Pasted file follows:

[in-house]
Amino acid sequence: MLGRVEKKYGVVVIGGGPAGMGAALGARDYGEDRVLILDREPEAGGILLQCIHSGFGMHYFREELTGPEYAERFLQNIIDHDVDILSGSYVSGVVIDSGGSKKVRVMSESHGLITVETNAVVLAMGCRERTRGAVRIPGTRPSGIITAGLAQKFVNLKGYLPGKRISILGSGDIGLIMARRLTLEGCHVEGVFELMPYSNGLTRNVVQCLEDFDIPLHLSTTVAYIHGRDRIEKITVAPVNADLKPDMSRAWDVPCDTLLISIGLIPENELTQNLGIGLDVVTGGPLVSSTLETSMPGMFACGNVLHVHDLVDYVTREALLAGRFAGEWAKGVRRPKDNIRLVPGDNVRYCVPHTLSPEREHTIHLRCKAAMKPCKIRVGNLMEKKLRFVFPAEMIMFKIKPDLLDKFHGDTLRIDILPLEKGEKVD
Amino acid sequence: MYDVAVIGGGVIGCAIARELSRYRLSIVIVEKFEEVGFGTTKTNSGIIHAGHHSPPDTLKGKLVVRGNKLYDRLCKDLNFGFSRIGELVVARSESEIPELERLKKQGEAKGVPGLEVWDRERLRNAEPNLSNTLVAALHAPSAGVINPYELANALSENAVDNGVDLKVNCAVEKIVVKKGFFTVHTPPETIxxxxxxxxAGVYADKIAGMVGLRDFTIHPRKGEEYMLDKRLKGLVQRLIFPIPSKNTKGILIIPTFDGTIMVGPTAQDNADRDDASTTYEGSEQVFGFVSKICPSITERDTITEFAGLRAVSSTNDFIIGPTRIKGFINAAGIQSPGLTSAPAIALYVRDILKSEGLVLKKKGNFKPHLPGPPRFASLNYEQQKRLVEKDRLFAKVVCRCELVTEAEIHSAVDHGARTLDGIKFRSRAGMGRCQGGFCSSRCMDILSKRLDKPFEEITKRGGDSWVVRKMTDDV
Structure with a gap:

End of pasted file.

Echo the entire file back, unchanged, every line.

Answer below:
[in-house]
Amino acid sequence: MLGRVEKKYGVVVIGGGPAGMGAALGARDYGEDRVLILDREPEAGGILLQCIHSGFGMHYFREELTGPEYAERFLQNIIDHDVDILSGSYVSGVVIDSGGSKKVRVMSESHGLITVETNAVVLAMGCRERTRGAVRIPGTRPSGIITAGLAQKFVNLKGYLPGKRISILGSGDIGLIMARRLTLEGCHVEGVFELMPYSNGLTRNVVQCLEDFDIPLHLSTTVAYIHGRDRIEKITVAPVNADLKPDMSRAWDVPCDTLLISIGLIPENELTQNLGIGLDVVTGGPLVSSTLETSMPGMFACGNVLHVHDLVDYVTREALLAGRFAGEWAKGVRRPKDNIRLVPGDNVRYCVPHTLSPEREHTIHLRCKAAMKPCKIRVGNLMEKKLRFVFPAEMIMFKIKPDLLDKFHGDTLRIDILPLEKGEKVD
Amino acid sequence: MYDVAVIGGGVIGCAIARELSRYRLSIVIVEKFEEVGFGTTKTNSGIIHAGHHSPPDTLKGKLVVRGNKLYDRLCKDLNFGFSRIGELVVARSESEIPELERLKKQGEAKGVPGLEVWDRERLRNAEPNLSNTLVAALHAPSAGVINPYELANALSENAVDNGVDLKVNCAVEKIVVKKGFFTVHTPPETIxxxxxxxxAGVYADKIAGMVGLRDFTIHPRKGEEYMLDKRLKGLVQRLIFPIPSKNTKGILIIPTFDGTIMVGPTAQDNADRDDASTTYEGSEQVFGFVSKICPSITERDTITEFAGLRAVSSTNDFIIGPTRIKGFINAAGIQSPGLTSAPAIALYVRDILKSEGLVLKKKGNFKPHLPGPPRFASLNYEQQKRLVEKDRLFAKVVCRCELVTEAEIHSAVDHGARTLDGIKFRSRAGMGRCQGGFCSSRCMDILSKRLDKPFEEITKRGGDSWVVRKMTDDV
Structure with a gap: